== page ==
That is so detailed I'm embarrassed to say it, but If I don't understand the "why" I don't know how to learn the "how to".

    I concur with Dennis and Bill, the tool and the turner have to work together - the details don't matter. But I make the point that even using the same grind and a similar tool that shape of the flute can make a difference. A minor difference in flute shape can involve a learning process. Nothing wrong with that, I'm not getting rid of my Pro PM - I'll just learn how to use it, and perhaps a bit of difference in the shape of the grind.

    Best, Jon
     
  12. Bill Boehme

    Bill Boehme Administrator Staff Member

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    Those are the kind of illustrations that I had in mind when I began my Google search, but when I saw the family of parabolas in the video, it was even more to my liking although potentially boring to those who have an aversion to math (the missus being one).
     
  13. hockenbery

    hockenbery AAW Advisor Staff Member

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    The difference between a parabola, ellipse, and hyperbola is velocity
    Gravity invented all of them long long ago
    :)

    If you want your shavings to return to earth use a parabolic flute!

    :)
     
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  14. Dennis J Gooding

    Dennis J Gooding

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    Well said, Al, but if you want easy disposal of the chips use a hyperbolic flute.
     
  15. hockenbery

    hockenbery AAW Advisor Staff Member

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    :). Might be an answer to combat global warming.
    Enough wood chips blocking sunlight should be like Krakatoa ash blocking sunlight.
    :)
     
  16. Jon Murphy

    Jon Murphy

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    Thanks Bill,

    I think I'll drop out of this thread - but not form the Forum. With all due respect to Hockenberry gravity also invented the special case of the circle. I don't want to get involved in discussions on the nature of that very weak force that we call gravity. Newton was right, but not quite right. Einsteinian physics advanced the concept, the curvature of space by the weak but fully invasive force of gravity. Modern physics, and experimentation, has confirmed that - and added to it.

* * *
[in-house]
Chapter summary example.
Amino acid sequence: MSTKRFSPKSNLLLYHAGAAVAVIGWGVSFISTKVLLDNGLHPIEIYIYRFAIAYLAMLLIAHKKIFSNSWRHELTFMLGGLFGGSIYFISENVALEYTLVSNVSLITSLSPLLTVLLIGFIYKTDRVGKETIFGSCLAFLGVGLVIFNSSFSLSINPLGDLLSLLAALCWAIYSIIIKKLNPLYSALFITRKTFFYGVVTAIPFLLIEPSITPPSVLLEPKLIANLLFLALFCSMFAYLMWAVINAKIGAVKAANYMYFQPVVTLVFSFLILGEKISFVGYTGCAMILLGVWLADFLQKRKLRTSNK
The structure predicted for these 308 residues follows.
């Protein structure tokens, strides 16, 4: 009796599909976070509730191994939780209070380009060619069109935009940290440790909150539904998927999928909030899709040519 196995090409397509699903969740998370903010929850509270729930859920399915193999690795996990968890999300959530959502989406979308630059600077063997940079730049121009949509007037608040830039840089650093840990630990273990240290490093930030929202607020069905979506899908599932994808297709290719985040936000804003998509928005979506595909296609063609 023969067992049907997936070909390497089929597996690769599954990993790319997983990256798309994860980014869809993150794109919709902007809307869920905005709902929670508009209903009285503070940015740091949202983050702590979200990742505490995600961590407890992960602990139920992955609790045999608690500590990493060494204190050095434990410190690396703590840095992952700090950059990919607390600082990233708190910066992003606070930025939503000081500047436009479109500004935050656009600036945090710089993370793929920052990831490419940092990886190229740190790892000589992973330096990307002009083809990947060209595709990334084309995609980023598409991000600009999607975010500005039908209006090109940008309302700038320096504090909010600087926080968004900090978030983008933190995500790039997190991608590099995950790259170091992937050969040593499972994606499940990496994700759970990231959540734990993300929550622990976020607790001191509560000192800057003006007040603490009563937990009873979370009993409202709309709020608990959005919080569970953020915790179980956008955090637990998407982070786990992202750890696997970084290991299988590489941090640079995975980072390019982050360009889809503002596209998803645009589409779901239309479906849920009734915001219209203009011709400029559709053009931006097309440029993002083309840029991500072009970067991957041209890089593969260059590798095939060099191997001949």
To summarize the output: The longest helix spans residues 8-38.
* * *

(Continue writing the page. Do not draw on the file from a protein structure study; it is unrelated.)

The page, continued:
But as a normal human being I'm comfortable thinking that the mass of the earth pulls on the mass of the heavy object in my hands that slips out of them and lands on my toe. Whether it is the curvature of space by the weak but fully invasive force called gravity, or the direct attraction of the massive earth on the less massive object, the pain in my toe when the object lands on it is the same.

    Gravity didn't invent the conic sections, Greek geometers did. They described what we later came to see when we started to understand the orbits of comets and planets - and the occassional "one timers" on parabolic or hyperbolic trajectories. The shape of the curve is defined by the masses involved, the relative velocity, and the angle of attack. The parabolic, and hyperbolic are "one timers" as they come from a distance and don't return. OK, comets or such might yet be elliptical by returning in a few billion years (our galaxy is about 120 light years in diameter - but objects from outside the Milky Way might come in from infinity and return to it.

    I come back to the conic sections, they define the shapes we deal with.

    Best, Jon
     
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  17. Mike Johnson

    Mike Johnson

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    Greeks invented yogurt, olive oil and wrestling.....it was ancient aliens that taught them geometry. :)